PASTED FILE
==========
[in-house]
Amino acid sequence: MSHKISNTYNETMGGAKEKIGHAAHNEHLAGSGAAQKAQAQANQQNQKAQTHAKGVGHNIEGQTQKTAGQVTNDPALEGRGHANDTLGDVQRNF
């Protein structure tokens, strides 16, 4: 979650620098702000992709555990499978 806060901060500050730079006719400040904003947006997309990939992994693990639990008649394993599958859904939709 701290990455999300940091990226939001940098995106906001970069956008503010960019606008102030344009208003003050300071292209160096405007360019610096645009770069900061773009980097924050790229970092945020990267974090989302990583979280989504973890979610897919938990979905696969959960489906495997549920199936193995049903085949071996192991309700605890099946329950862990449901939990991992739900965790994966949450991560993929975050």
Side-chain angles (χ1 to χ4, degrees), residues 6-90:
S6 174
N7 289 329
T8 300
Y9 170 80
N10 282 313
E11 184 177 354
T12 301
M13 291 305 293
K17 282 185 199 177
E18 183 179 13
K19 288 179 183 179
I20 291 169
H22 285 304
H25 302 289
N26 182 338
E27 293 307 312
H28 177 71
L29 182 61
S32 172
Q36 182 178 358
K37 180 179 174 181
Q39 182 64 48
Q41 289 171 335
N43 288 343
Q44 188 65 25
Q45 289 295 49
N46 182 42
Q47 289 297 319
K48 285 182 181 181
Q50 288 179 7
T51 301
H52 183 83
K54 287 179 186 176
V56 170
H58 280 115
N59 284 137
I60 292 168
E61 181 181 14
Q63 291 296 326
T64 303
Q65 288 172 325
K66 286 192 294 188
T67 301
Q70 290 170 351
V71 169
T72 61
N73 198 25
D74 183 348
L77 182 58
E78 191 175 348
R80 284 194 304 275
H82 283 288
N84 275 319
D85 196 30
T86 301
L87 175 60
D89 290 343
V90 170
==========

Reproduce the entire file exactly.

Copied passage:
[in-house]
Amino acid sequence: MSHKISNTYNETMGGAKEKIGHAAHNEHLAGSGAAQKAQAQANQQNQKAQTHAKGVGHNIEGQTQKTAGQVTNDPALEGRGHANDTLGDVQRNF
């Protein structure tokens, strides 16, 4: 979650620098702000992709555990499978 806060901060500050730079006719400040904003947006997309990939992994693990639990008649394993599958859904939709 701290990455999300940091990226939001940098995106906001970069956008503010960019606008102030344009208003003050300071292209160096405007360019610096645009770069900061773009980097924050790229970092945020990267974090989302990583979280989504973890979610897919938990979905696969959960489906495997549920199936193995049903085949071996192991309700605890099946329950862990449901939990991992739900965790994966949450991560993929975050």
Side-chain angles (χ1 to χ4, degrees), residues 6-90:
S6 174
N7 289 329
T8 300
Y9 170 80
N10 282 313
E11 184 177 354
T12 301
M13 291 305 293
K17 282 185 199 177
E18 183 179 13
K19 288 179 183 179
I20 291 169
H22 285 304
H25 302 289
N26 182 338
E27 293 307 312
H28 177 71
L29 182 61
S32 172
Q36 182 178 358
K37 180 179 174 181
Q39 182 64 48
Q41 289 171 335
N43 288 343
Q44 188 65 25
Q45 289 295 49
N46 182 42
Q47 289 297 319
K48 285 182 181 181
Q50 288 179 7
T51 301
H52 183 83
K54 287 179 186 176
V56 170
H58 280 115
N59 284 137
I60 292 168
E61 181 181 14
Q63 291 296 326
T64 303
Q65 288 172 325
K66 286 192 294 188
T67 301
Q70 290 170 351
V71 169
T72 61
N73 198 25
D74 183 348
L77 182 58
E78 191 175 348
R80 284 194 304 275
H82 283 288
N84 275 319
D85 196 30
T86 301
L87 175 60
D89 290 343
V90 170